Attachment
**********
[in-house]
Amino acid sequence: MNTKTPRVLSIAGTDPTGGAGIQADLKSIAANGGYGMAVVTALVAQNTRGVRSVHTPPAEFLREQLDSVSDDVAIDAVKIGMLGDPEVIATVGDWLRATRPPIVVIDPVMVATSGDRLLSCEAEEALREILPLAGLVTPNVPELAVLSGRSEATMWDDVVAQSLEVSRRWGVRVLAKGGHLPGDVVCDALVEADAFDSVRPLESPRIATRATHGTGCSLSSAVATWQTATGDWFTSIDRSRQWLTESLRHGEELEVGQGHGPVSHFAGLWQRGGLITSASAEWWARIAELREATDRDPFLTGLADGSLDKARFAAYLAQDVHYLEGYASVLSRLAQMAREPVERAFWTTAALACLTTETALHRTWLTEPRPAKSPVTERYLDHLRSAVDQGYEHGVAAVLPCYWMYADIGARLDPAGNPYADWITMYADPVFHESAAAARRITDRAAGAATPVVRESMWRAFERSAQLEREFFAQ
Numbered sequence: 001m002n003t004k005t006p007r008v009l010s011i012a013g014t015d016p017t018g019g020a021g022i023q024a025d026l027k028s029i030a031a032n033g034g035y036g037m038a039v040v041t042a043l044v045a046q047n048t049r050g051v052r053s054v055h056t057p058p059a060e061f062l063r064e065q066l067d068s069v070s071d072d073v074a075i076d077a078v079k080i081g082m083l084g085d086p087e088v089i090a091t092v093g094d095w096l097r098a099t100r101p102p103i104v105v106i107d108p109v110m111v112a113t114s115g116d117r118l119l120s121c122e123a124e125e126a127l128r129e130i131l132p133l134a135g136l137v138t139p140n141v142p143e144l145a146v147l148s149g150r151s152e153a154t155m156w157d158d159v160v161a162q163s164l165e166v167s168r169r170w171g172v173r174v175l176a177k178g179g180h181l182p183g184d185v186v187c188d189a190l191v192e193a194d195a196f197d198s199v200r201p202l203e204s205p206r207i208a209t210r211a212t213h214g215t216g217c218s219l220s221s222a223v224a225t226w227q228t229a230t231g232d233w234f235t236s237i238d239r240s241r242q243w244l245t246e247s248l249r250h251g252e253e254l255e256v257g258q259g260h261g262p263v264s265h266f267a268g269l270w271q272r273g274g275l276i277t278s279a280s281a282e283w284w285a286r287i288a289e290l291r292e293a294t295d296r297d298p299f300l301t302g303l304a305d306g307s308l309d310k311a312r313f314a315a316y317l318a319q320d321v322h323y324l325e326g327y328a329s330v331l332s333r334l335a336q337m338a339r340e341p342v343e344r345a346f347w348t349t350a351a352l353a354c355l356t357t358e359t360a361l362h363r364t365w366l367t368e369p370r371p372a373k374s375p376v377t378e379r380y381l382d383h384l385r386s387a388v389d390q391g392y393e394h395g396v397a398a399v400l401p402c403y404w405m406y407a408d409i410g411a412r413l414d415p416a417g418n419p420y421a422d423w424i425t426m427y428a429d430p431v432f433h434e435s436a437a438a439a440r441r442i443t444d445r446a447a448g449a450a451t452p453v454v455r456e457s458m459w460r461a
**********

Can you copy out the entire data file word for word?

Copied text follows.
[in-house]
Amino acid sequence: MNTKTPRVLSIAGTDPTGGAGIQADLKSIAANGGYGMAVVTALVAQNTRGVRSVHTPPAEFLREQLDSVSDDVAIDAVKIGMLGDPEVIATVGDWLRATRPPIVVIDPVMVATSGDRLLSCEAEEALREILPLAGLVTPNVPELAVLSGRSEATMWDDVVAQSLEVSRRWGVRVLAKGGHLPGDVVCDALVEADAFDSVRPLESPRIATRATHGTGCSLSSAVATWQTATGDWFTSIDRSRQWLTESLRHGEELEVGQGHGPVSHFAGLWQRGGLITSASAEWWARIAELREATDRDPFLTGLADGSLDKARFAAYLAQDVHYLEGYASVLSRLAQMAREPVERAFWTTAALACLTTETALHRTWLTEPRPAKSPVTERYLDHLRSAVDQGYEHGVAAVLPCYWMYADIGARLDPAGNPYADWITMYADPVFHESAAAARRITDRAAGAATPVVRESMWRAFERSAQLEREFFAQ
Numbered sequence: 001m002n003t004k005t006p007r008v009l010s011i012a013g014t015d016p017t018g019g020a021g022i023q024a025d026l027k028s029i030a031a032n033g034g035y036g037m038a039v040v041t042a043l044v045a046q047n048t049r050g051v052r053s054v055h056t057p058p059a060e061f062l063r064e065q066l067d068s069v070s071d072d073v074a075i076d077a078v079k080i081g082m083l084g085d086p087e088v089i090a091t092v093g094d095w096l097r098a099t100r101p102p103i104v105v106i107d108p109v110m111v112a113t114s115g116d117r118l119l120s121c122e123a124e125e126a127l128r129e130i131l132p133l134a135g136l137v138t139p140n141v142p143e144l145a146v147l148s149g150r151s152e153a154t155m156w157d158d159v160v161a162q163s164l165e166v167s168r169r170w171g172v173r174v175l176a177k178g179g180h181l182p183g184d185v186v187c188d189a190l191v192e193a194d195a196f197d198s199v200r201p202l203e204s205p206r207i208a209t210r211a212t213h214g215t216g217c218s219l220s221s222a223v224a225t226w227q228t229a230t231g232d233w234f235t236s237i238d239r240s241r242q243w244l245t246e247s248l249r250h251g252e253e254l255e256v257g258q259g260h261g262p263v264s265h266f267a268g269l270w271q272r273g274g275l276i277t278s279a280s281a282e283w284w285a286r287i288a289e290l291r292e293a294t295d296r297d298p299f300l301t302g303l304a305d306g307s308l309d310k311a312r313f314a315a316y317l318a319q320d321v322h323y324l325e326g327y328a329s330v331l332s333r334l335a336q337m338a339r340e341p342v343e344r345a346f347w348t349t350a351a352l353a354c355l356t357t358e359t360a361l362h363r364t365w366l367t368e369p370r371p372a373k374s375p376v377t378e379r380y381l382d383h384l385r386s387a388v389d390q391g392y393e394h395g396v397a398a399v400l401p402c403y404w405m406y407a408d409i410g411a412r413l414d415p416a417g418n419p420y421a422d423w424i425t426m427y428a429d430p431v432f433h434e435s436a437a438a439a440r441r442i443t444d445r446a447a448g449a450a451t452p453v454v455r456e457s458m459w460r461a